José Cura (tenor)
Canio/Pagliaccio; Barbara Frittoli (soprano) Nedda/Colombina; Carlos Alvarez
(bass) Tonio/Taddeo; Charles Castronovo (tenor) Beppe/Arlecchino; Simon
Keenleyside (baritone) Silvio; Netherlands Radio Choir; Royal Concertgebouw
Decca 467 086-2 [73'05]
Riccardo Chilly's innate feeling for Italianate lyric tragedy, José
Cura's involved reading of Canio, Simon Keenleyside's triumph in the role
of Silvio and Barbara Frittoli's beautifully-shaded assumption of Nedda make
this an eminently recommendable Pagliacci. Perhaps to list the strengths
of this issue in this manner is a trifle over-simplistic: it also ignores
the contributions of the Netherlands Radio Chorus, which is nothing short
of exemplary. What is in no doubt, however, is that this is a major issue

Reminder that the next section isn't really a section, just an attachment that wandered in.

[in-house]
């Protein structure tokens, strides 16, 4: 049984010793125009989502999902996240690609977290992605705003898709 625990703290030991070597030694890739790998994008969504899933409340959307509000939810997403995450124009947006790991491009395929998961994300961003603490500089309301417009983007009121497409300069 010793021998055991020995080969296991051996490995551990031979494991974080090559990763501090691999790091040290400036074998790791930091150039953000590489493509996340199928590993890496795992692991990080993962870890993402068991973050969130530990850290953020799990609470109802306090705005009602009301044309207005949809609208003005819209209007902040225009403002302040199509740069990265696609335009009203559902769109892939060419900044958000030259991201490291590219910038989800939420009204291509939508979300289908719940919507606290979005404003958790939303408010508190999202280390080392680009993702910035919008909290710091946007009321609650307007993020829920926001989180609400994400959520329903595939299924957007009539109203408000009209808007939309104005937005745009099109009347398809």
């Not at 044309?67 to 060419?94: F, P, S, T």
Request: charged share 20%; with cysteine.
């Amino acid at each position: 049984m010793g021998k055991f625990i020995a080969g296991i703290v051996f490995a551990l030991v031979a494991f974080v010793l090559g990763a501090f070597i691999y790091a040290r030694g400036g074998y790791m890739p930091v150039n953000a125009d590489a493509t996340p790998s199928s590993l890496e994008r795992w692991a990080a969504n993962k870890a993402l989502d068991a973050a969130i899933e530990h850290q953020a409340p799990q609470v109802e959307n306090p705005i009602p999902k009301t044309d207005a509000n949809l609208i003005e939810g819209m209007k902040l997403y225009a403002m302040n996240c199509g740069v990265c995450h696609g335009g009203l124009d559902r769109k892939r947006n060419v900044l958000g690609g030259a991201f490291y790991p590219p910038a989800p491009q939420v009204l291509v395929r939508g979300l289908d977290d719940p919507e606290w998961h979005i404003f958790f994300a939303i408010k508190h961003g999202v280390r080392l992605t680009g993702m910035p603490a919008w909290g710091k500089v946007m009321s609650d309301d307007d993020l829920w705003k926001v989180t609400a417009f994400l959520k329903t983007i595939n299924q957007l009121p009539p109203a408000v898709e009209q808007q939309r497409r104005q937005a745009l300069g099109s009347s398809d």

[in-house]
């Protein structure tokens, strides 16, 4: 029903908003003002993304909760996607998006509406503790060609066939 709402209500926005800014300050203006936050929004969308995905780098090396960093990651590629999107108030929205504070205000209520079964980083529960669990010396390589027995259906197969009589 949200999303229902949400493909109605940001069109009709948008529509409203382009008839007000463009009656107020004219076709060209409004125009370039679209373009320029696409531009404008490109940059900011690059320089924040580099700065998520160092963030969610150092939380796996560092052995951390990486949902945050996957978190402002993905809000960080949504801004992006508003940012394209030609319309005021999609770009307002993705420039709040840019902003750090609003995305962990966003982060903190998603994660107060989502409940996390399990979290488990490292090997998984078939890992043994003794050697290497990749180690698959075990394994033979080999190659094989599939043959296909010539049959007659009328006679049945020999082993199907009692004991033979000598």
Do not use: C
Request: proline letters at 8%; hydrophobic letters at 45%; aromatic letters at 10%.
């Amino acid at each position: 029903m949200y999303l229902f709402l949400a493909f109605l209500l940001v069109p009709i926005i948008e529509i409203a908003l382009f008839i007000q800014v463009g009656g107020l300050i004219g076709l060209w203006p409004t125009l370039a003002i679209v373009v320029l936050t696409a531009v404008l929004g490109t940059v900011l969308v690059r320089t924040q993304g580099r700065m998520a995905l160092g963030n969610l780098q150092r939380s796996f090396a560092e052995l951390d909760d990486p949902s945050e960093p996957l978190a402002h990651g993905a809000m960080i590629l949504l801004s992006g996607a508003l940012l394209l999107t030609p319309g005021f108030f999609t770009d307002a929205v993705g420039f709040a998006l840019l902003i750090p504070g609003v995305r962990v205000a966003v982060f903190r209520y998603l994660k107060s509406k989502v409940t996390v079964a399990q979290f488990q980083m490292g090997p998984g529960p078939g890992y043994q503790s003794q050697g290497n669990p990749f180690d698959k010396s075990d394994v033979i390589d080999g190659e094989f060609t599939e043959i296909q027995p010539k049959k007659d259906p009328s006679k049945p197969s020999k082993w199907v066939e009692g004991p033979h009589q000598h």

that exudes acute dramatic sense from every side.
Frittoli confirms her position amongst the higher rungs of the ladder
contemporary operatic sopranos. She has the ability to float high notes magically
(try O che bel sole de mezz'agosto in Act 1 Scene 2, for example)
and to shade her phrases with an innate musicality (try anywhere in Act 2
Scene 1). Alvarez's Si può? (a non-serial equivalent to the
opening of Berg's Lulu) has just the right weight. Simon Keenleyside's
success as Silvio stems from his refusal to lay on the vibrato heedless of
context. Instead he offers an intelligent reading of the part.
Cura, like Keenleyside, realises the value of not over-stretching the limits
in a piece that on the surface positively cries out for over-indulgence.
His Un tal gioco, credetemi, therefore, is all the stronger for this.
He brings an almost baritonal quality to Vesti la giubba.
Any initial qualms about the Concertgebouw Orchestra's abilities were banished
within the first bar: it is obvious its outing into this territory was a
hugely rewarding one. To top it all, Decca's recording is of demonstration
quality. This hugely impressive issue will grace even the most
Pagliacci-heavy of shelves.